While Kidwell had worked for years at the Wilma and with such companies as Pig Iron, it was her Philly Fringe collaboration with Scott Sheppard on the show Underground Railroad Game in 2016 that brought her to a wider audience, as the show played to acclaim at Off-Broadway’s Ars Nova and won an Obie. This brilliant, hilarious, and fierce indictment of racism presents two middle-school teachers—the audience is cast as the students—who team up to create a game to make history come alive. Little Black dolls are hidden in various spots around the school, and students, divided between the Union and Confederate armies, have to transport the dolls to safe houses or else capture them. When a student writes an ugly racist epithet on one of the game’s signs, the community—apparently only a cherished delusion—falls to pieces. Post-racial America, my foot.
At my suggestion that it must have been gratifying to have what began as a small Fringe show recognized in such a large way, Kidwell resisted, declaring that she is trying to “wean herself from that kind of thinking,” i.e., that the goal of making theatre is to win a prize; she said she found it far more meaningful to have someone backstage at the Obies ceremony tell her how the show had an impact on him.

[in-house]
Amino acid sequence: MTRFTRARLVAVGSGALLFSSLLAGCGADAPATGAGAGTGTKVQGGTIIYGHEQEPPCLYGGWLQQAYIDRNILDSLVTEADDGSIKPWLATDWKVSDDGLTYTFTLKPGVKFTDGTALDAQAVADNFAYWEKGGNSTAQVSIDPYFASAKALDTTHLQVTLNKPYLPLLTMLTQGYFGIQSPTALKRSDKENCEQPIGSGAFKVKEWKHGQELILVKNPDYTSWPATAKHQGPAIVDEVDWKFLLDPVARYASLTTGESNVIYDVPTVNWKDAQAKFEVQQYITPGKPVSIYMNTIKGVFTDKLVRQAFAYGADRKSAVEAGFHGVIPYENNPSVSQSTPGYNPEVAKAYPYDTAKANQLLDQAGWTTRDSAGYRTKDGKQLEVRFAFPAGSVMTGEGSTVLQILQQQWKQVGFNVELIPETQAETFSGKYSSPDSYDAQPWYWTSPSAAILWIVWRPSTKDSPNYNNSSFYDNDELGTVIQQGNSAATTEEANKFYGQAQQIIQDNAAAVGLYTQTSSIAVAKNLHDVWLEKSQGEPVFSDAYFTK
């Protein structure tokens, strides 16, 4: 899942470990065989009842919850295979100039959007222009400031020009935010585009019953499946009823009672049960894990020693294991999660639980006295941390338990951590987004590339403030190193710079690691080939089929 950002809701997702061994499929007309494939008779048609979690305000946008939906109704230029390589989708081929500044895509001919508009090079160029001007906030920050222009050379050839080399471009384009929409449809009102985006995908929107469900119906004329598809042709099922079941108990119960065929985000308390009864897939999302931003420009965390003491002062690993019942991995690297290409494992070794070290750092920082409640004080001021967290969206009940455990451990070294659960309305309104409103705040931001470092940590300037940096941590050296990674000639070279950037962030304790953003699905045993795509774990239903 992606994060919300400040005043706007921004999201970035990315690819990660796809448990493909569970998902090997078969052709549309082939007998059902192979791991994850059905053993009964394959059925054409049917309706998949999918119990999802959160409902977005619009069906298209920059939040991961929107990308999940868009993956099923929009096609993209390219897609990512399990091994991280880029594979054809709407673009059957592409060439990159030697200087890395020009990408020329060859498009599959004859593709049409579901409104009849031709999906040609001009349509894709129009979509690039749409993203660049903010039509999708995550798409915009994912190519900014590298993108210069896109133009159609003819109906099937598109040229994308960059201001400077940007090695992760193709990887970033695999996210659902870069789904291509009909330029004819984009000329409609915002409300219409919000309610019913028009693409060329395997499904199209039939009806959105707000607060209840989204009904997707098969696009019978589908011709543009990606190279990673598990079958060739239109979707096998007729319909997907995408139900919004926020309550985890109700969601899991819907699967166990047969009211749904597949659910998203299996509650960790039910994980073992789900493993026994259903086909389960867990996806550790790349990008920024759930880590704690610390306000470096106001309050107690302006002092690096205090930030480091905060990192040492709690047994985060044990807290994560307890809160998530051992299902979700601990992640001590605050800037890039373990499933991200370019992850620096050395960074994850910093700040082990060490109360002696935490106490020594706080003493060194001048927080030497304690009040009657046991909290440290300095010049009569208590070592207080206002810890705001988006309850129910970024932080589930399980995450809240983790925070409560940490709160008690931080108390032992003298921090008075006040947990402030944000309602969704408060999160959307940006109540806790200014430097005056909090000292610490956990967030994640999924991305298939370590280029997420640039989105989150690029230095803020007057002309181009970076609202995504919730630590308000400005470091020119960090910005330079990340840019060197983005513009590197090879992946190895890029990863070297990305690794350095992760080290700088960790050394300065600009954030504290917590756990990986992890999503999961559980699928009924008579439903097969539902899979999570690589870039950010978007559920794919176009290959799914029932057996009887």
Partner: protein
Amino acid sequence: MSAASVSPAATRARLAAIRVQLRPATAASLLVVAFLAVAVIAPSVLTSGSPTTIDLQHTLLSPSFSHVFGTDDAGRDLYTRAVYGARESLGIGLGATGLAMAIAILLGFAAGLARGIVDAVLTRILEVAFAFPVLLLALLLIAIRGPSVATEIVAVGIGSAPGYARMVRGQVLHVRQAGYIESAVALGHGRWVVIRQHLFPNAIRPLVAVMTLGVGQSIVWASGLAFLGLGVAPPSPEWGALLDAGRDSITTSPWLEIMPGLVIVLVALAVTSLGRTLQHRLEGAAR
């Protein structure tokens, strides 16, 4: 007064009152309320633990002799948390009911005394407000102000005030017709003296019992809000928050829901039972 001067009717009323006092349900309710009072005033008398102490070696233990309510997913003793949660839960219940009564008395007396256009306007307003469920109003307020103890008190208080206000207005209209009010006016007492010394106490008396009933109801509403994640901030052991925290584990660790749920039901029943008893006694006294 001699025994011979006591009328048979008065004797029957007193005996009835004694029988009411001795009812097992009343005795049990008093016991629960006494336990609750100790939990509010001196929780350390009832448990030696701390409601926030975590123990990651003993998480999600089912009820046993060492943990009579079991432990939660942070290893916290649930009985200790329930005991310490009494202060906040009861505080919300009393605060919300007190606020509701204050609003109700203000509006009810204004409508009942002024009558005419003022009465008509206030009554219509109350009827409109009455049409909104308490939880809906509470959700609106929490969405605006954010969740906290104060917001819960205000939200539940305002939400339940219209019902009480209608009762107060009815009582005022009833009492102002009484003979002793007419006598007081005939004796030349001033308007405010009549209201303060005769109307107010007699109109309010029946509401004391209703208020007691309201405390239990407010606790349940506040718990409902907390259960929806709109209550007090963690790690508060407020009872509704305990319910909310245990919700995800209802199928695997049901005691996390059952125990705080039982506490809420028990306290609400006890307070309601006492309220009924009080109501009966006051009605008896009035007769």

What does Those With 2 Clocks have in common with Underground Railroad, I wonder? Both shows are built around “disrupting,” Kidwell said. “I think patriarchy and racism offered some people some stability, so my idea is to shake up that stability and see what is possible. They are both corrosive projects,” she said, albeit with a constructive takeaway: “There are so many other ways we could be.”